A book on ethics and philosophy of values

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Misrahi proposes this second essential condition: Love is a reciprocal link by which each one attributes a value to the other one. Thus true love is reciprocal: it takes care of the beloved without enslaving it. Otherwise, love leads to conflict and disappears 1.
These two authors hold the view that love requires some behaviors, some conditions, without which it disappears, or is transformed into its opposite, contempt.

However, by love, they do not mean the same thing: by this term, they denote a relationship between two human beings, whereas for me love means something much more general, as already shown: a relation between a spirit and any content of meaning = X whatsoever.

So I do not think that reciprocity is an essential condition of love; we can love nature or painting though it is not reciprocal, and we can even love a human being, viz. attributing a value to him, without him attributing one to us (for instance, consider the case of one's love for a dead historic character).
By contrast, we find another example of ‘essential condition’ applied to another emotion, in the work of Aristotle, in his reflections upon friendship: he who has many friends has no friend, he remarks. It is precisely this kind of condition that I would like to identify for love, as defined above.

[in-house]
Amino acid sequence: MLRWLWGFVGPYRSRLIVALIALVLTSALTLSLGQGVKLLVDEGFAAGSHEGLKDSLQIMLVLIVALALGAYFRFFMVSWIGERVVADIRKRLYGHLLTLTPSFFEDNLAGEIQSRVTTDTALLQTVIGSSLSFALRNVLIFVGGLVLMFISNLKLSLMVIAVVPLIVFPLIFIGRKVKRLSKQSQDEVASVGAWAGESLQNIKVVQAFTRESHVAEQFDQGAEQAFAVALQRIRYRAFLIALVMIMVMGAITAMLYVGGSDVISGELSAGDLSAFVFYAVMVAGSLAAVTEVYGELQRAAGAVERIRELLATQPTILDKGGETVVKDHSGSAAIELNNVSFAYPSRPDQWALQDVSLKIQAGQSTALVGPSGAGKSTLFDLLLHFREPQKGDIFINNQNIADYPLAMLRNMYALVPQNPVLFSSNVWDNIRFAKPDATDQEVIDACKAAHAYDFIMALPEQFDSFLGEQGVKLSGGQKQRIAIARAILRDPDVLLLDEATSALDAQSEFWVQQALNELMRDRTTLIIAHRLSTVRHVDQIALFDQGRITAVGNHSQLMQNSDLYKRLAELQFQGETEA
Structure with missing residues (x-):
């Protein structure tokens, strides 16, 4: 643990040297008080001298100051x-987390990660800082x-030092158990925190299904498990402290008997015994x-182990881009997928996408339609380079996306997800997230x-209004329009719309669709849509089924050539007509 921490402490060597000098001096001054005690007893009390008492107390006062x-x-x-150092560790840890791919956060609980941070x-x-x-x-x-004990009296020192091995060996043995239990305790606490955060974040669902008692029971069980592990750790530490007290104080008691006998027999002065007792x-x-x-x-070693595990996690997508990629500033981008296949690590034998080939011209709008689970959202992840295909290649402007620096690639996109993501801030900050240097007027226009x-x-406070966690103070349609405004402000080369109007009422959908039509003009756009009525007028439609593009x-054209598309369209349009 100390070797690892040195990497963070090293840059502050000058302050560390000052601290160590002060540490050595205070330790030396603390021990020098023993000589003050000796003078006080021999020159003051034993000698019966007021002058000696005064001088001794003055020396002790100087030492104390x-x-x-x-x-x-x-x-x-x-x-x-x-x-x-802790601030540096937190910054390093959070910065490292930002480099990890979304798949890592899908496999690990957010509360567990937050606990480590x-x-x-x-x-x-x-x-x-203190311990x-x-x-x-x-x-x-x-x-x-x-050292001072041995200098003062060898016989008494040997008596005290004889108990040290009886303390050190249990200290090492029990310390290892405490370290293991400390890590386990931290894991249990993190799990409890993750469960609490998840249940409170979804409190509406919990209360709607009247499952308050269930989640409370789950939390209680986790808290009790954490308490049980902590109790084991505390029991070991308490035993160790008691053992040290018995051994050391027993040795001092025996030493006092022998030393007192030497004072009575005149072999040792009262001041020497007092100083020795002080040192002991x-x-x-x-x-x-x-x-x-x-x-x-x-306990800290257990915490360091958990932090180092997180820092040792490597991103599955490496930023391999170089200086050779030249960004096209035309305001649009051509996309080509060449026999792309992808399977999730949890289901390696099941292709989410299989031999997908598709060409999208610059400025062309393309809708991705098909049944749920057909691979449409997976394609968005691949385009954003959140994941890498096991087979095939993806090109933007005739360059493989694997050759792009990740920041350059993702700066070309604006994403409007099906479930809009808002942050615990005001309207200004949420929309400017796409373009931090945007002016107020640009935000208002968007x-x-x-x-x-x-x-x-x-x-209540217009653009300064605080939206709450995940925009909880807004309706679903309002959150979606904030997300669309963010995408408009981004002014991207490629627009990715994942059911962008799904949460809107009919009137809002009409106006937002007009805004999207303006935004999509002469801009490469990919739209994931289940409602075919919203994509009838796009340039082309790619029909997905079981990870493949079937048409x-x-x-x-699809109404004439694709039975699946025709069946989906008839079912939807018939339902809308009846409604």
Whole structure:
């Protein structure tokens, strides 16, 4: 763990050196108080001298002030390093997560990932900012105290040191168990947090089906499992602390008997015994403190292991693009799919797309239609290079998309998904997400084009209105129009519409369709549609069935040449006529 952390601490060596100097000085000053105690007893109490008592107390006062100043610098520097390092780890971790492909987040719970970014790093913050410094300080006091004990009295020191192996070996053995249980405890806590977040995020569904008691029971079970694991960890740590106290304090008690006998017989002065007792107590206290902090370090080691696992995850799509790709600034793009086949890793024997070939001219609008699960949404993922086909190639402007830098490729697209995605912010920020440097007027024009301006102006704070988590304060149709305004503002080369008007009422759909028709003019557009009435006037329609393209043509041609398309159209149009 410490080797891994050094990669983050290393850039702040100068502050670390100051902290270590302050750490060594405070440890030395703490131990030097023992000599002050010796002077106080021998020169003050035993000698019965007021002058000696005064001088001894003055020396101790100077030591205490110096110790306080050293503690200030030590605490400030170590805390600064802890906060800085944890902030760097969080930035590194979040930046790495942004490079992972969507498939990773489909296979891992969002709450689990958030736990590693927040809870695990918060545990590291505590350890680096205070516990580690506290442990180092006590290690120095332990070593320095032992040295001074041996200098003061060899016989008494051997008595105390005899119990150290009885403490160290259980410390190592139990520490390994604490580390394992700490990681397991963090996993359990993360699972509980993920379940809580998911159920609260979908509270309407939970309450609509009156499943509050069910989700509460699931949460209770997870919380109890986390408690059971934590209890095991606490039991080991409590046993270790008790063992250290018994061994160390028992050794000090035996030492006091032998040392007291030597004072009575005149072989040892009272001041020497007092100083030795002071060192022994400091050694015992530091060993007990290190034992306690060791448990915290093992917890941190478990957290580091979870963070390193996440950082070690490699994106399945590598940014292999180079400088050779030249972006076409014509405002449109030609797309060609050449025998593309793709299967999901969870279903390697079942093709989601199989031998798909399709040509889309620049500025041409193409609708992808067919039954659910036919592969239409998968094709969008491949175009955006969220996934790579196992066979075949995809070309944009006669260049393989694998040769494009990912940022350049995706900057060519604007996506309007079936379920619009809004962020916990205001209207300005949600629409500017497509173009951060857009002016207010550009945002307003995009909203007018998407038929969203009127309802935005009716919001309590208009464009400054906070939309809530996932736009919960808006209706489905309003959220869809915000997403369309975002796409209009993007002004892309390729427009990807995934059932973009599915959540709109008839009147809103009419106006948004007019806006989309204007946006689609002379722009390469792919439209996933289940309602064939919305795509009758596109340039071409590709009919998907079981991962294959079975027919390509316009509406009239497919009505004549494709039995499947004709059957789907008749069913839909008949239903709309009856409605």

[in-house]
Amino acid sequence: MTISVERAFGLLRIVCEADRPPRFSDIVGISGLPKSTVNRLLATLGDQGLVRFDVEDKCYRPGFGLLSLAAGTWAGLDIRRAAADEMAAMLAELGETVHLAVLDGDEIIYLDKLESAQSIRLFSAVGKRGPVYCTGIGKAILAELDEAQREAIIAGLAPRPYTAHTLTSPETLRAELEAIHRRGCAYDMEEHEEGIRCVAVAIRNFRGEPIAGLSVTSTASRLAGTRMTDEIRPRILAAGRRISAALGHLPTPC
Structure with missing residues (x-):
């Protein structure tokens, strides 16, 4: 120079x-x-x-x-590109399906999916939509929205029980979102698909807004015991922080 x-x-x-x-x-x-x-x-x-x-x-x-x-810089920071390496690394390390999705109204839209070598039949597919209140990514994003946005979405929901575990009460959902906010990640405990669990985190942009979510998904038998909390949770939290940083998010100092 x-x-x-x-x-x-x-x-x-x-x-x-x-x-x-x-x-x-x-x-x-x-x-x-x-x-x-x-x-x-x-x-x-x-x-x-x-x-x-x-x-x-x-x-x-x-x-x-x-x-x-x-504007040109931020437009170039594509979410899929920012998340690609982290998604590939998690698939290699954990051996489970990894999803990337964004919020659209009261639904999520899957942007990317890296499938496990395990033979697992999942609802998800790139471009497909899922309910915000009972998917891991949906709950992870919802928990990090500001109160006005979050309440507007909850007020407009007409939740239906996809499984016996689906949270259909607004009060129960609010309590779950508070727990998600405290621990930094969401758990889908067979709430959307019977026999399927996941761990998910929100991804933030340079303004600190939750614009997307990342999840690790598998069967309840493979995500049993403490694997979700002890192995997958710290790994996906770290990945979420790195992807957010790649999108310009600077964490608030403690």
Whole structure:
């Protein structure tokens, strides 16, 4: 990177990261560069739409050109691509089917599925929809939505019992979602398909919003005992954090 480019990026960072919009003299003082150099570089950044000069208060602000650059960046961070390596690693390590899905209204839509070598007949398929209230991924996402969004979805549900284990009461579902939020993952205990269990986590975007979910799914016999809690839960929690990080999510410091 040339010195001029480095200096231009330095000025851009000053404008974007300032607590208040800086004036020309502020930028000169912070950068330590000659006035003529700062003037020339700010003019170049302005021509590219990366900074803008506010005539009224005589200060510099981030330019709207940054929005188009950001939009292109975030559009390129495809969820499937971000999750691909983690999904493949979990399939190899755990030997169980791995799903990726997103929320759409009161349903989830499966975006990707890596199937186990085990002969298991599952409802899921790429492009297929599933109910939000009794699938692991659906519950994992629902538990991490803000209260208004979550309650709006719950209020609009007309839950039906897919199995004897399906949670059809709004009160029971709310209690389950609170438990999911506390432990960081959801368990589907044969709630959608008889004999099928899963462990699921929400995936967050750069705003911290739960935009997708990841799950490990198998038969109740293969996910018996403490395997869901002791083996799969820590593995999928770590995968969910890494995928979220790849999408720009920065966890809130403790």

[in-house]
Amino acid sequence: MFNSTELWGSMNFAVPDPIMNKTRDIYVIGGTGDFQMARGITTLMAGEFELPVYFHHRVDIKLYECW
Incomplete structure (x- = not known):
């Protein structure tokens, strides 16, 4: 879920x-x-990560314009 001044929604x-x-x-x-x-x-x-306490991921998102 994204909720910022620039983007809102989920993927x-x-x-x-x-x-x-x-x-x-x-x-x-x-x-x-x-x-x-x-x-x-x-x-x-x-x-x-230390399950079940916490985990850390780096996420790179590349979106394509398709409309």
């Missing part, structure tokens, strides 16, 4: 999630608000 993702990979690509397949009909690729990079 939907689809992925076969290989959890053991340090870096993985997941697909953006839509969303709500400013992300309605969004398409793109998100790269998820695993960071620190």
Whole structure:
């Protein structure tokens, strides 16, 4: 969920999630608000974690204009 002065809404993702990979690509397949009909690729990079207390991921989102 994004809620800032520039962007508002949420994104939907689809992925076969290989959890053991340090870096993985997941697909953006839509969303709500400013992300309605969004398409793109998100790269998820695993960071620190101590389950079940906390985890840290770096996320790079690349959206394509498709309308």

Now it is easier to understand what distinguishes my conception from the traditional doctrines about ‘laws of love’. I propose, instead of a psychological description of the regular phenomena observed in this feeling, or a discipline of love, to identify the behaviors that we must necessarily adopt to be called “lovers”, in other words, the essential conditions which constitute the meaning of love.

The laws that I try to identify are neither empirical nor moral; it seems they have no name. These laws derive from the meaning of a concept, so that it could precisely be a consistent and meaningful concept. For this reason, we could call them ‘semantic laws’, or else, since they determine our behavior in order to make it adequate to a concept, ‘pragmatic laws’. Every concept has pragmatic or semantic laws like, for instance, ‘to be considered as greedy, one must eat with great appetite’. In fact, I will not employ these terms, in view of the difficulties as to using neologisms, but I will simply use the word commonly employed, viz. ‘laws of love’, it being understood that here, this term denotes something else than a moral imperative, or a psychological regularity, viz. something which concerns neither fact, nor right.

So I support the idea that there are laws (or essential conditions) of love. If our behavior violates one of these conditions, then it is impossible to love what we intend to love yet. For instance, let us remind the first ‘law of love’ that I have proposed: if we want to love something, while maintaining that it has no value, it is impossible for us to love it. Our feeling will be a different one: it could be desire, envy, but in no case the feeling that we intended to have, namely love.

This principle, if true, has very important consequences that I am going to present and discuss, now.

1. What is ethics?